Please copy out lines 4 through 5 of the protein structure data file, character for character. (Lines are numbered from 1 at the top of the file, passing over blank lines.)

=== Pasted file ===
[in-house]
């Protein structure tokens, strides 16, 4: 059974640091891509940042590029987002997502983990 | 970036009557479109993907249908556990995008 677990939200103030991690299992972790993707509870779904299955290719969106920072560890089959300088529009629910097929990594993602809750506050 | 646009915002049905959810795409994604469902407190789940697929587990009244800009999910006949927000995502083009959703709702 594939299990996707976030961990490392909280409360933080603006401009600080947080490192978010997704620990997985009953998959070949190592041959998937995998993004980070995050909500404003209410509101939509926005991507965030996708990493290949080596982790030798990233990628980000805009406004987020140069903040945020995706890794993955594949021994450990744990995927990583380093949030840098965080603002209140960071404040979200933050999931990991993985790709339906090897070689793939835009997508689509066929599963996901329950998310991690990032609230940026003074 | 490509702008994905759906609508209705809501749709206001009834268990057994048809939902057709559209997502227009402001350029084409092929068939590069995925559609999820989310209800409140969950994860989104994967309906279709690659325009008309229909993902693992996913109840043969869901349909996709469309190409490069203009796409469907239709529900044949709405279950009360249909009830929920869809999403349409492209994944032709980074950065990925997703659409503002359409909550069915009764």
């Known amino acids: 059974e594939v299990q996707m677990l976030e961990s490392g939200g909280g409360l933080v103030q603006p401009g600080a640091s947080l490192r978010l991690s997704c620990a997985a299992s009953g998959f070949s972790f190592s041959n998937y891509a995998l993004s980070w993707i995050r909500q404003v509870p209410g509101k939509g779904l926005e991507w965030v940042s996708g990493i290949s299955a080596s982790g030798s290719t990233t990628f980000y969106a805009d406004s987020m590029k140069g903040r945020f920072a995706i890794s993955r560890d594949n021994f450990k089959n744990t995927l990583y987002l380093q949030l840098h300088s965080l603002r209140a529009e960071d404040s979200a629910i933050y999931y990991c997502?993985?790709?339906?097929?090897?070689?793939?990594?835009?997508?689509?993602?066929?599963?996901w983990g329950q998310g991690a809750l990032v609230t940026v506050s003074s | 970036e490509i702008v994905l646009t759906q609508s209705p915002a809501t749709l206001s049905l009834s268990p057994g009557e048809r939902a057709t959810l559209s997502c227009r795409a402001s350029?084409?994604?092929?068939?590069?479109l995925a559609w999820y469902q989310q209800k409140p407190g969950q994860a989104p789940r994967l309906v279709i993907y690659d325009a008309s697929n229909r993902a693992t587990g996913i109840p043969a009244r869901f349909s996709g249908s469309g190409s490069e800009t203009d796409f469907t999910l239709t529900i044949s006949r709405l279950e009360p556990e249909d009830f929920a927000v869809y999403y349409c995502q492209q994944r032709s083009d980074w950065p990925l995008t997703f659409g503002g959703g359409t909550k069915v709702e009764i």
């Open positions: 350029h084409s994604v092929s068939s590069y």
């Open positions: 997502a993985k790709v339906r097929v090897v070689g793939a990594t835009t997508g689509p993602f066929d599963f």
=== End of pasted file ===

């Open positions: 350029h084409s994604v092929s068939s590069y």
């Open positions: 997502a993985k790709v339906r097929v090897v070689g793939a990594t835009t997508g689509p993602f066929d599963f």